Monday, January 18, 2010

A Shadow Passed: Remembering SPRING AWAKENING


On January 18th, 2009 — a year ago today — I witnessed the closing of what was quite possibly the most definitive (and life-changing, among others) show of my generation: Spring Awakening. Based upon the original German Fruhlings Erwachenby influential playwright Frank Wedekind, driven with a pulsating and haunting score by Duncan Sheik, with book and lyrics by Steven Sater, the pop/rock musical bursted onto the Great White Way and became a phenomenon. Originally produced for the stage at Off-Broadway venue The Atlantic Theatre Company, it made its Broadway transfer on December 16th, 2006 — to critical acclaim. It garnered 8 Tony Awards in 2007, including Best Featured Actor in a Musical (John Gallagher, Jr.) andBest Musical. Since its closing, it has spawned various productions worldwide — Vienna, Toronto, Budapest, and London’s West End, to name a few — and just ended the second leg of its North American Tour.
Spring Awakening tells the story of young teenagers in 1890s rural Germany coming to terms with the “awakening” of their pre-pubescent bodies and sexual desires, and the heavy consequences that result from them. In the midst of it all are Melchior Gabor (Taking Woodstock’s Jonathan Groff), a scholarly rebel who starts to question authority; Wendla Bergmann (Glee’s Lea Michele), who starts the show with questions of her own about her ever-changing body; and Moritz Steifel (American Idiot: The Musical’s John Gallagher, Jr.), whose own fears of questioning lead him to crumble under the immense pressures of society.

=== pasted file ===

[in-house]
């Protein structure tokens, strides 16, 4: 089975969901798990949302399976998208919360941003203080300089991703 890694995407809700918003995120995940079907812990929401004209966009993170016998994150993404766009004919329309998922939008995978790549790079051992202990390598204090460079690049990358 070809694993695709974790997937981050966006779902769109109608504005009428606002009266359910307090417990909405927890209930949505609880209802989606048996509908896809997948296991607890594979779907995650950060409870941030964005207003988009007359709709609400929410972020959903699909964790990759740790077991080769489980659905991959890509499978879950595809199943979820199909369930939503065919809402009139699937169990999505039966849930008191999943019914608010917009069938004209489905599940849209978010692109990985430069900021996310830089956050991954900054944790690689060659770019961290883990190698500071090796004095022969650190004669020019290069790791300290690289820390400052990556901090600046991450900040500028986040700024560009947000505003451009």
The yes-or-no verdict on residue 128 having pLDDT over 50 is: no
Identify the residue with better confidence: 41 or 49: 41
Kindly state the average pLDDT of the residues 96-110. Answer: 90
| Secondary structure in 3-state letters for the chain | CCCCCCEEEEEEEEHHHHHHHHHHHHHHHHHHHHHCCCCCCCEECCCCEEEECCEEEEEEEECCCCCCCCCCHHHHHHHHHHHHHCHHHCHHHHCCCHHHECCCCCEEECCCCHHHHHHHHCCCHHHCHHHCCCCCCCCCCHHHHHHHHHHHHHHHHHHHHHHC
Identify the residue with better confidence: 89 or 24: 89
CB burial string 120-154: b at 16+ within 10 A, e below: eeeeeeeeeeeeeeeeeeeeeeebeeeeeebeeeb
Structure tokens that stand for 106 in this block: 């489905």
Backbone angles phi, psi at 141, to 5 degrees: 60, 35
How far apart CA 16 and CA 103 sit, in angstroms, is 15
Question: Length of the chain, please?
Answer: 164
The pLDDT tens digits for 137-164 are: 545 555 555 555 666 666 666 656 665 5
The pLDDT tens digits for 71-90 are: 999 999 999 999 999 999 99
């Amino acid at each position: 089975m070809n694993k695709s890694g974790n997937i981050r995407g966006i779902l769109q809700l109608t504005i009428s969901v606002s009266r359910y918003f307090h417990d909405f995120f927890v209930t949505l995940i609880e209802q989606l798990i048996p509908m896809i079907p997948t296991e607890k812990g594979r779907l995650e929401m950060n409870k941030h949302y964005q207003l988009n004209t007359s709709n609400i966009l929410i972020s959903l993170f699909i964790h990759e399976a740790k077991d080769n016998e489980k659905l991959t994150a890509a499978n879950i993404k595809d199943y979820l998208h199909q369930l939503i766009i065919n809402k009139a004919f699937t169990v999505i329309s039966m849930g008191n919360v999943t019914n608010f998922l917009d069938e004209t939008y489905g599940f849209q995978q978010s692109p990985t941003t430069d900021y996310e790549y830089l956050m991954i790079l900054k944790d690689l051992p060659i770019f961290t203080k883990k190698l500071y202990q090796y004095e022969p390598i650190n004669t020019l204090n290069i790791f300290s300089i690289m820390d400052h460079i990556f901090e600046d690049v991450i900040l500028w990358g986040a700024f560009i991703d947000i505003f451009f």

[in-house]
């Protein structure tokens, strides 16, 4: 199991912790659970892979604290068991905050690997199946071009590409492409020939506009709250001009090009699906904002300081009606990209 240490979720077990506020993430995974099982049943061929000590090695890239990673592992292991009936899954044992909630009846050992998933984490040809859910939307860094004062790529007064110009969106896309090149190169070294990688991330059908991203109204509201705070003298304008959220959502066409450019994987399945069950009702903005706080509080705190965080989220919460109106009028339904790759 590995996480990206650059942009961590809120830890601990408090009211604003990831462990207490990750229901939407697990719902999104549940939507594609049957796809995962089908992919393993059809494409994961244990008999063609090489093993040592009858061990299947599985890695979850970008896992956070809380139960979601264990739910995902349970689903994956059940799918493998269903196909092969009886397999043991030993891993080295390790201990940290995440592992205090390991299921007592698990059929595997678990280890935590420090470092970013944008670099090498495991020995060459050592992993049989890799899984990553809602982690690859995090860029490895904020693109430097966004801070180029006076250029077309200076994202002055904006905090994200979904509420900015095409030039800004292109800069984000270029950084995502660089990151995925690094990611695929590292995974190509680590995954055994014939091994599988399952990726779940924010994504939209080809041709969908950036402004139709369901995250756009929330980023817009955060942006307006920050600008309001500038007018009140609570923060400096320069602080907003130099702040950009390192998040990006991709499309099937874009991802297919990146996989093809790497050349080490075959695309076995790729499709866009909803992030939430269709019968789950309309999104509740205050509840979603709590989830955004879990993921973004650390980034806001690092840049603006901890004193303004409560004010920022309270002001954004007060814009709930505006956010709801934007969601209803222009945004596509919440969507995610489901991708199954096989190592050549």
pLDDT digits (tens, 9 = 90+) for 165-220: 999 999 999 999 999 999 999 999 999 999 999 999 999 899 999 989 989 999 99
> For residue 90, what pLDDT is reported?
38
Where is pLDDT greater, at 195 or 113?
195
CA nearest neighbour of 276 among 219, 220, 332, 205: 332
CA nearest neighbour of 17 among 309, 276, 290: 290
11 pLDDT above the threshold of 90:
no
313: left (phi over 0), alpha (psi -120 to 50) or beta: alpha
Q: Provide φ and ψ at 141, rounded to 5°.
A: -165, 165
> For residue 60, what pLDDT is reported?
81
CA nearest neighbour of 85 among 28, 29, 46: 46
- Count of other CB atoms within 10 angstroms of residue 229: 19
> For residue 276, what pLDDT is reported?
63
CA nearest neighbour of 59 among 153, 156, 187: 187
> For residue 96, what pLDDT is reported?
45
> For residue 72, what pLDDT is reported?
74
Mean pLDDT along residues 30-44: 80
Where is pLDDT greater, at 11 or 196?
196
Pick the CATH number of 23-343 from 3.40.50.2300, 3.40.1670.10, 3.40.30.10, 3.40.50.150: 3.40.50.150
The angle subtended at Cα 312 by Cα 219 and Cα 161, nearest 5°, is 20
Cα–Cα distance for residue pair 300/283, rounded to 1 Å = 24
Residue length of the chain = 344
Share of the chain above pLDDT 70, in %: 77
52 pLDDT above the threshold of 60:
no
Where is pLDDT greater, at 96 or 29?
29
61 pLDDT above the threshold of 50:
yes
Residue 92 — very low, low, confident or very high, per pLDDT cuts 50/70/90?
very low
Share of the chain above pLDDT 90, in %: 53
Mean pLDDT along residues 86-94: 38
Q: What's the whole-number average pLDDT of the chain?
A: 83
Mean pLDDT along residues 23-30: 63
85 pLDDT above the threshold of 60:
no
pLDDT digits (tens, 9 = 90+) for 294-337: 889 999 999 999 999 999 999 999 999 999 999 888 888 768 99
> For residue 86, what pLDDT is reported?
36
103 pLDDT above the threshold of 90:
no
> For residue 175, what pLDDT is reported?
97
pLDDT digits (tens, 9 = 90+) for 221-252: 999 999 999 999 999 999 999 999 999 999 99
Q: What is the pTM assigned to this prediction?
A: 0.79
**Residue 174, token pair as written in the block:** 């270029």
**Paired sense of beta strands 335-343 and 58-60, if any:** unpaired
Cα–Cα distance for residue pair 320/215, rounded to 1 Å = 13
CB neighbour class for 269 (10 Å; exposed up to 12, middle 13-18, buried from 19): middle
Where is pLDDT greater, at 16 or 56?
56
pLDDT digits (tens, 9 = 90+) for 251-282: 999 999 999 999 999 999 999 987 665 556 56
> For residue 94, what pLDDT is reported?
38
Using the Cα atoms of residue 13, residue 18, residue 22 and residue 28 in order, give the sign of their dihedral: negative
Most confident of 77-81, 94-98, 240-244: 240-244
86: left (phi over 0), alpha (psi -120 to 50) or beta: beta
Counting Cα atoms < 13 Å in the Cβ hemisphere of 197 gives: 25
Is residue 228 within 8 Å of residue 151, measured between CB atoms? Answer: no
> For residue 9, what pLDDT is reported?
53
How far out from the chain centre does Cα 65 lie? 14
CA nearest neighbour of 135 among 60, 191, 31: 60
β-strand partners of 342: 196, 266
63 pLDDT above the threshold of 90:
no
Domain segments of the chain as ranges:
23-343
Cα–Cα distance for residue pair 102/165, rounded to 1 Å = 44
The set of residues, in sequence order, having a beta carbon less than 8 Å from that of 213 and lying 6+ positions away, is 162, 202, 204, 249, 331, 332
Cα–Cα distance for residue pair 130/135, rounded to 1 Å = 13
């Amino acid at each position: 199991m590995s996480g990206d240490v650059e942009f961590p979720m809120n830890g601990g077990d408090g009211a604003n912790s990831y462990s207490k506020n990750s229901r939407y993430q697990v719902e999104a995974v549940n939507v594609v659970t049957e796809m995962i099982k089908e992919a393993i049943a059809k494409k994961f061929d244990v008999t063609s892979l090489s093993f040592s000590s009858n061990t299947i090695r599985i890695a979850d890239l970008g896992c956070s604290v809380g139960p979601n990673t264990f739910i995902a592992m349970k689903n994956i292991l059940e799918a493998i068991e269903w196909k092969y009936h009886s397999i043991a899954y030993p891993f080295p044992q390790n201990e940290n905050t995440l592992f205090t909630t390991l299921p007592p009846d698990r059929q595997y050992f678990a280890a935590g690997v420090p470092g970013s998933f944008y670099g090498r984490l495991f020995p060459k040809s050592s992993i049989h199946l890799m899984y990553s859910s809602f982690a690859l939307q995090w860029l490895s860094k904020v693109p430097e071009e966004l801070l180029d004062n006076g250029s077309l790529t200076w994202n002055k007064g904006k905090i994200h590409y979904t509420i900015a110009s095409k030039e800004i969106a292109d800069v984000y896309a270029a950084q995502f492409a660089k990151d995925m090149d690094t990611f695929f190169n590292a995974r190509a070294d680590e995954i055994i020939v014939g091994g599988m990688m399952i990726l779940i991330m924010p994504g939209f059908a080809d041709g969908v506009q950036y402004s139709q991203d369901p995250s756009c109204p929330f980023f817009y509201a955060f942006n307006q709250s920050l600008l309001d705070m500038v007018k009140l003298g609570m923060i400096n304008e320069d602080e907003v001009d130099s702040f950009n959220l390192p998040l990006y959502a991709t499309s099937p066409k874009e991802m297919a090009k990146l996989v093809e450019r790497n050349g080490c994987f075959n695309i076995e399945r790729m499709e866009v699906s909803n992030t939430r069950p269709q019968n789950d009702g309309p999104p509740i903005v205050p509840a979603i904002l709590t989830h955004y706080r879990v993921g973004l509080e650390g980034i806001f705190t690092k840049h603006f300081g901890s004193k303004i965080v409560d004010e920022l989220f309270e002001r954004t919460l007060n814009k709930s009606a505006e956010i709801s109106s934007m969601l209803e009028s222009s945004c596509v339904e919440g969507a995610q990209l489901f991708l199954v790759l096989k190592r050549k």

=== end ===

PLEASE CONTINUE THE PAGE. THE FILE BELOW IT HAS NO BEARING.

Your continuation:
It’s hard to tell you how much this show meant to me during its 888-performance run (that’s including previews), but as I have said many times, it had touched me (pun fully intended, natch) in a way that no other show had; it was the first Original Broadway Cast I’d experienced firsthand and the first time I felt my life paralleled the characters’. It helped me get through a troubling time in school, and in life. Not only that, it also re-kindled my love for theatre — not that it had ever gone away, but to have witnessed this piece was, to me, akin to a religious experience, as silly as it sounds. From Kevin Adams’ (Passing Strange) exquisite lighting, to Kim Grigsby’s soulful musical arrangement, to Michael Mayer’s (A Home At the End of the World) beautiful direction; Spring Awakening shot through my veins, giving me a visceral jolt that to this day cannot be shaken off. Not that I’d want to — to use Edward Cullen’s words, Awakening was like my own “brand of heroin.”

I am forever grateful that I got to see this show –my first time was on May 16, 2007, the 8pm evening show. The second was January 18, 2009 — a year ago.I remember going in, excited and anxious and sad, all at once. I was a wreck, sobbing perhaps midway through. This show has given me so many memories, both good and bad, and to have given it a proper farewell — in onstage seating, no less — was the least I could do in return.

All shall know the wonder of purple summer...

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